"Young Goodman Brown" by Nathaniel Hawthorne

"But he was himself the chief horror of the scene."   

Losing Faith and Sympathy for the Devil: A great opportunity to have students open their eyes - most of them have read the story as freshman - a chance to get them to see it anew.

Lesson Overview 

 They have read it before (most of them) and some may try to get by on the quiz with a reading from 2 years ago (a valuable lesson in itself). As the students are walking in, they grab a handout on a desk which has the lyrics to the Rolling Stone's song "Sympathy for the Devil" on one side and "People are Strange" by The Doors on the other side -  the latter is playing during this passing period and while they take the quiz - They also pick up the quiz as they come in along with the handout.
 After the quiz - I pass out a handout with the first page of "Young Goodman Brown" on it blown slightly up - with lots of room for them to take notes on it, as well as some general directions for taking notes on a text.  I then give them 5-7 minutes to take notes directly on the text (ahhh yes it begins).  They have read the story last night (or before the period) and perhaps a couple of years ago as well.  I push them hard to be continually writing during this time period - it doesn't matter if it's perfect or even good - just write. They discover that they see things in that first page - now that they've read the entire story -  that they didn't notice upon first reading.  When the time is up - they share what they come up with.  I make a special effort to try and have everyone say at least one thing - and often one student's comments (or question) will lead to another's. 
    I then ask a series of questions (see my notes).  These questions are designed to build on what they came up with during their close reading AND to get them to see the story in the way that a senior (or advanced junior) sees it - in a very different way than a freshman.  The gist being that two years ago they may have seen it as a supernatural story about an evil devil and a good-hearted Goodman Brown - but now they are asked - "Why did he leave his wife"? "Who went in the forest in the first place?"  "To meet whom?" etc.  This all leads to the end - where I play "Sympathy for the Devil" and again (building on what they did at the beginning of the period) ask them to take copious notes as the song plays and to make connections to the story - both directly and indirectly.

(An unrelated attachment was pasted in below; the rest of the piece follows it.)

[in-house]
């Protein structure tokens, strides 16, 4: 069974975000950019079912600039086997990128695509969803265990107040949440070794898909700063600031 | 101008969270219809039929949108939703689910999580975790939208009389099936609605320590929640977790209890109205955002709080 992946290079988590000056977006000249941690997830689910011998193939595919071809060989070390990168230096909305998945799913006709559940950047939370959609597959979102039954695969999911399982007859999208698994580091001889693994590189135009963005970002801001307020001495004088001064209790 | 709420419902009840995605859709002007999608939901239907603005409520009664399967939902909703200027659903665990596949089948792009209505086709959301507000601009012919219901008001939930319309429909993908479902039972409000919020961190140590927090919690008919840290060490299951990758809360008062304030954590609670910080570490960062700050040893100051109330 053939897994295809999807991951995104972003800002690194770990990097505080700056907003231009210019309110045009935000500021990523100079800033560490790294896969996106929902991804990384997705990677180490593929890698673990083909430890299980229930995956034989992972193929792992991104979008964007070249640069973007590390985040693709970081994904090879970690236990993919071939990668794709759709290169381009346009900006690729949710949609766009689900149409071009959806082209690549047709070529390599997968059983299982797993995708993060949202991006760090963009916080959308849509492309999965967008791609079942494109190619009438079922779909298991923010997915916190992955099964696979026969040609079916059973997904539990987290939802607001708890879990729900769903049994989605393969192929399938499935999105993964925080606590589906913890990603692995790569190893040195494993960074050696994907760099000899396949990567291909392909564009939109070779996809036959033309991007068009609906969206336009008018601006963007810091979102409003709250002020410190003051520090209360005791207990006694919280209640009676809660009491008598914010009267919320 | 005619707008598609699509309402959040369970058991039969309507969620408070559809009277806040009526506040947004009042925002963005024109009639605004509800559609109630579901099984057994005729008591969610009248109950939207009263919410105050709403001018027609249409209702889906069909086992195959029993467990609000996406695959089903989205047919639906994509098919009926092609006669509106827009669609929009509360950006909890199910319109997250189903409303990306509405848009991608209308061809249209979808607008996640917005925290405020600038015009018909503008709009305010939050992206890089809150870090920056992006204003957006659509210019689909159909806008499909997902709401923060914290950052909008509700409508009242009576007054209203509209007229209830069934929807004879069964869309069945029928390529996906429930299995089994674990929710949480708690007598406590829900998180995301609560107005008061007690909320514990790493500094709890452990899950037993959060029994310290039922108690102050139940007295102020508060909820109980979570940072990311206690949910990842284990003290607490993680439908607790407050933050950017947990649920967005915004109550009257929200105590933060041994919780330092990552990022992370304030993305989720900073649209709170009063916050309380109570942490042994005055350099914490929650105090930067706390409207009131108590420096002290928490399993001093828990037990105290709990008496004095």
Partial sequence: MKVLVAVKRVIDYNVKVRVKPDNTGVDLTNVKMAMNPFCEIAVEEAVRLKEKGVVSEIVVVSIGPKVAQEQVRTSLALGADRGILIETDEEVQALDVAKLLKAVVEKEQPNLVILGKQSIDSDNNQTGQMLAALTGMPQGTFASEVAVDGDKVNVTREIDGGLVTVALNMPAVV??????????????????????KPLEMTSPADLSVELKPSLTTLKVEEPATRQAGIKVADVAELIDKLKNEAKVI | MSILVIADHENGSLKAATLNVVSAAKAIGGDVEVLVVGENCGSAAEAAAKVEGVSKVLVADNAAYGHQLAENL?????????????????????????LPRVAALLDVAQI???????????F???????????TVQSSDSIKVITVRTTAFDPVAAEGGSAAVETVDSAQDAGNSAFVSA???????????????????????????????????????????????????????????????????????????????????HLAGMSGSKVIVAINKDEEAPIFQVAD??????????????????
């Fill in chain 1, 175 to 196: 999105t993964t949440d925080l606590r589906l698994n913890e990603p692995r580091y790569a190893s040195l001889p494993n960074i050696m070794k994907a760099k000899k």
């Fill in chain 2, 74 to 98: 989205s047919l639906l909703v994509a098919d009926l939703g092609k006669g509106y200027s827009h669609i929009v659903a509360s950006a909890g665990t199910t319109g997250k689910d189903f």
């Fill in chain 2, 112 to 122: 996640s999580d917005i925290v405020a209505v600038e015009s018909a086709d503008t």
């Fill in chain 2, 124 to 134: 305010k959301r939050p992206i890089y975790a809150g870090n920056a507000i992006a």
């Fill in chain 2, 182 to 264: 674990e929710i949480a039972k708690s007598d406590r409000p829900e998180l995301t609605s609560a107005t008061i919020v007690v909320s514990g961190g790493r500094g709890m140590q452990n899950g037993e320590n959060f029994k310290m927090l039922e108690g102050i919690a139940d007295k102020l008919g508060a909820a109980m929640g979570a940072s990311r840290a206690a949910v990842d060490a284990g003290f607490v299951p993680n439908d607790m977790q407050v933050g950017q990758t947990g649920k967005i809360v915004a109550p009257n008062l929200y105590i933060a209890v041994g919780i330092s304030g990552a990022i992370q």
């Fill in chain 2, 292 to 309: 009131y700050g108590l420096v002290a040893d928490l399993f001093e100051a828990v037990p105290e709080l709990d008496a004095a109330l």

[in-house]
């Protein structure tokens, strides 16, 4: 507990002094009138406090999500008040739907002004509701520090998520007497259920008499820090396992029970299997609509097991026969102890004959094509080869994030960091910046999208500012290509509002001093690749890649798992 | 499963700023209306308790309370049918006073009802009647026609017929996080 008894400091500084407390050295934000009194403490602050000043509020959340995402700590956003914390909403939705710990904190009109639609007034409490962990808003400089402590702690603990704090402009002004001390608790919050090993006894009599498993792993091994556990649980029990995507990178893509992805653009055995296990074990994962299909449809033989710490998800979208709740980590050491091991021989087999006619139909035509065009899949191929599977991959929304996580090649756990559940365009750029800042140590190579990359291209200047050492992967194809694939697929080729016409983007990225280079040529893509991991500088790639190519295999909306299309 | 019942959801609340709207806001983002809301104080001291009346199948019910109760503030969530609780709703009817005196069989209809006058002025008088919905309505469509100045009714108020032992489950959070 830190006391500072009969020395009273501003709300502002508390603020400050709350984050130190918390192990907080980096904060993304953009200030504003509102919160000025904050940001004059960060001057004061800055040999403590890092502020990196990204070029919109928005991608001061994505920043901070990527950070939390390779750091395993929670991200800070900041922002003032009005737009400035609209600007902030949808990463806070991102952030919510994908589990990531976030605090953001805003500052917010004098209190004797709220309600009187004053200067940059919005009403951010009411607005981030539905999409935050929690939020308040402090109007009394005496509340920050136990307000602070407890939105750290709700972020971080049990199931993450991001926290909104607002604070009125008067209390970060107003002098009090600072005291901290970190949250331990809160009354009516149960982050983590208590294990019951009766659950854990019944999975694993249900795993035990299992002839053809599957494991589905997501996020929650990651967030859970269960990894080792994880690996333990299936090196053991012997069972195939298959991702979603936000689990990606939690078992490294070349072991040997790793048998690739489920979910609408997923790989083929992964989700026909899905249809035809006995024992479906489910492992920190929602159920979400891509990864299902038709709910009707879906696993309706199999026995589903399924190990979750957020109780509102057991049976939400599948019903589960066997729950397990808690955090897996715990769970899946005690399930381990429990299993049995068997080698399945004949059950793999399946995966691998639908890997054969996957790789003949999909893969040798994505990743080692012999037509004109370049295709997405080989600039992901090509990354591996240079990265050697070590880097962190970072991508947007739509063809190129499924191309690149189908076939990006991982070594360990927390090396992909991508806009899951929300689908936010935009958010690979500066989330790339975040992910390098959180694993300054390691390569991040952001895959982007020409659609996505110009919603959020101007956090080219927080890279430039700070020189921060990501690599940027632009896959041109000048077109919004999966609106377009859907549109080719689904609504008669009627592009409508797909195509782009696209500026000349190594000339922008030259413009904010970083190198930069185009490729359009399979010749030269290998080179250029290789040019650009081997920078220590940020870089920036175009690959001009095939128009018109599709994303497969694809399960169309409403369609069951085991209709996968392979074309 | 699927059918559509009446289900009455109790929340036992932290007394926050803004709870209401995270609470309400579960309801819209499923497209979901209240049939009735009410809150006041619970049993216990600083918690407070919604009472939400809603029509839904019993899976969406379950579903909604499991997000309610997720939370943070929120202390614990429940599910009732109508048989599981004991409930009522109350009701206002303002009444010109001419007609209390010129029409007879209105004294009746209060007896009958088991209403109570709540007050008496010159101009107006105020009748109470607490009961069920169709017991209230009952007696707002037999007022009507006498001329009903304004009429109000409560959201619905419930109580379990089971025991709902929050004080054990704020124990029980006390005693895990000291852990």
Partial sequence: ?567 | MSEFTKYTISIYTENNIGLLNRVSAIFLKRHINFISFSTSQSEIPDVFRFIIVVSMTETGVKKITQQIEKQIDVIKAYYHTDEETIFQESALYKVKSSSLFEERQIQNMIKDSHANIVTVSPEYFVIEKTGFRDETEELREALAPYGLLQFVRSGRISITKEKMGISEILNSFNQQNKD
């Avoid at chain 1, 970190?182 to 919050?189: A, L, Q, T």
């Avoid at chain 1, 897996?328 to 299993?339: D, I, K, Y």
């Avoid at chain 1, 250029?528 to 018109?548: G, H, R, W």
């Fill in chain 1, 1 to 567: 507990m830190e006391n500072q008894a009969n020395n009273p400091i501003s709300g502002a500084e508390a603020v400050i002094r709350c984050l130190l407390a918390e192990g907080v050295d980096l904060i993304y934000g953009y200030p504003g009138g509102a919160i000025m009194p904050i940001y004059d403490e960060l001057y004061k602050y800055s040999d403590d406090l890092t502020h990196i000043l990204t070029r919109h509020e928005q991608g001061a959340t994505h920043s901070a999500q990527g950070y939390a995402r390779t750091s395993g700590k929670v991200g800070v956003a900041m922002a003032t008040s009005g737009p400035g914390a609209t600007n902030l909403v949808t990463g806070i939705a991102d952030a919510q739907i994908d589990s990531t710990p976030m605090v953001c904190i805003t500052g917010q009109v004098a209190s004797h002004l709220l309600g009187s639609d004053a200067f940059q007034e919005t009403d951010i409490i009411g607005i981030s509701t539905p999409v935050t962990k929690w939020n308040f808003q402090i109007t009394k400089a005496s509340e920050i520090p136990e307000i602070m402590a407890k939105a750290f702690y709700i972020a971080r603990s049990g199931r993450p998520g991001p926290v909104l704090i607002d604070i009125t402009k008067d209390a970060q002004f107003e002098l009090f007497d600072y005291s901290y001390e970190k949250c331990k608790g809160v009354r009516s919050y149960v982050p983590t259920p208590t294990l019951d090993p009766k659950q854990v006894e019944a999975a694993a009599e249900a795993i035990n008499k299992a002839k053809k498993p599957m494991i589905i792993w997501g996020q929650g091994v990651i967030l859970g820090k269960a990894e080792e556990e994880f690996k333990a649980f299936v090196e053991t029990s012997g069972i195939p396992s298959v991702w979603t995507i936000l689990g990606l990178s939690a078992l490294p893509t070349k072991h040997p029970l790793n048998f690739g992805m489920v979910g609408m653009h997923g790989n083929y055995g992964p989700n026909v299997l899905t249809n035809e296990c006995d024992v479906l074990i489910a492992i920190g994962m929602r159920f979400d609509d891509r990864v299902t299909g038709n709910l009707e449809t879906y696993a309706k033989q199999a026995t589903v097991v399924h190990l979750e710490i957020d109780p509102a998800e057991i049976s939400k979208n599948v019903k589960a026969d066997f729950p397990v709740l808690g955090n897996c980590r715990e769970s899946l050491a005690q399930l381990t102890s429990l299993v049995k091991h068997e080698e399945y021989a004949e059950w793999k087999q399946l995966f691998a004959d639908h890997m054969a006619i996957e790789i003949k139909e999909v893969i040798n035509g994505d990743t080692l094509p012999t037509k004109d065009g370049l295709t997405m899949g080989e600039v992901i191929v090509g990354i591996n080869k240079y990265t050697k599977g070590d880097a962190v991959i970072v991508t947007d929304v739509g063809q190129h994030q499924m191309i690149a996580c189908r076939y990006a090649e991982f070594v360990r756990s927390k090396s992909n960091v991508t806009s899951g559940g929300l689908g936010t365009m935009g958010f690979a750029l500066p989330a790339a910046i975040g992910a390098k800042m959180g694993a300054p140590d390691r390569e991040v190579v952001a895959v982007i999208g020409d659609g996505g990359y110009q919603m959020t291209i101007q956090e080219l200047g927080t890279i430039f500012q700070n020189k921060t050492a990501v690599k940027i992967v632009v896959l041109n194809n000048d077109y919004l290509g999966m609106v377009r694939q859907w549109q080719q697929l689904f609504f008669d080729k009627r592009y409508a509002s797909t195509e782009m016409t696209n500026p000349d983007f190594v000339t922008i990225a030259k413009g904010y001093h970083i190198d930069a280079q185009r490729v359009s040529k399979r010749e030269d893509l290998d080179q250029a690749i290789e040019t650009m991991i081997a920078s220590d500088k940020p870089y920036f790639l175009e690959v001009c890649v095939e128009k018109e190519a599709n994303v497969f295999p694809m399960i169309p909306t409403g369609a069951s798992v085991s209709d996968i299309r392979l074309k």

At the end we go over what is due at the next class - what is coming up in the long run.

My Lesson Notes (2010/2019) - Hand written notes - Different years - different colors.

The Story

The Text by itself and with notes

The Story: Docx  PDF - For "Young Goodman Brown

The Text with my Notes: PDF

Handouts A    (most recent)

Reading Quiz:  PDF - For "Young Goodman Brown" (notice the extra credit - which in fact will hopefully jar their memory about reading this story before)

Handout #1  DOC x  PDF  Two Songs - one is listened to as students enter ("People are Strange") the other after our discussion ("Sympathy for the Devil").  With the latter song students will take notes relating it to our discussion.

Handouts B    (most recent)

Handout #2 PDF Text for student close reading.  In later years I gave the students a hard copy of the entire text (as opposed to their text book) but the advantage of this was it has some brief directions for their mark up exercise (otherwise these directions can be found on the Power Point).

A Reading to Take Students Further:
Millions in his Firing Squad (a column by Mike Royko on how many of us, not just the shooter, were responsible for the death of Martin Luther King ) Docx   PDF

Audio Visual Content

Here is the opening song  of the lesson "People are Strange" -  and the song "Sympathy for the Devil" that students will listen to and take notes on AFTER the discussion. 


Remote Enhancements

                          A presentation to help students navigate the close reading and discussion  aas well as the  Martin Luther King article that we read aloud in class.



The students did their end of the year project on this short story one year - when I find it , I will put it here.

Class Recordings (for registered members)



What's Next & Unit Homepage

Plato's "The Allegory of the Cave".  The seminal work on what is truth - it allows students to use everything from their first three lessons and synthesize it into a new understanding.


  "The Night Face Up"

Thoughts on the Lesson 

With the exception of the past few years (where students are not assigned reading very often) most students have read this story.  It is amazing - and they are amazed at how they can read the same story a few years later - and see it in a very different light - you can never walk in the same river twice...  This comes in handy for much of what we will do and talk about this year.  It is also a good idea to get them used to examine their own actions - rather than pointing a finger.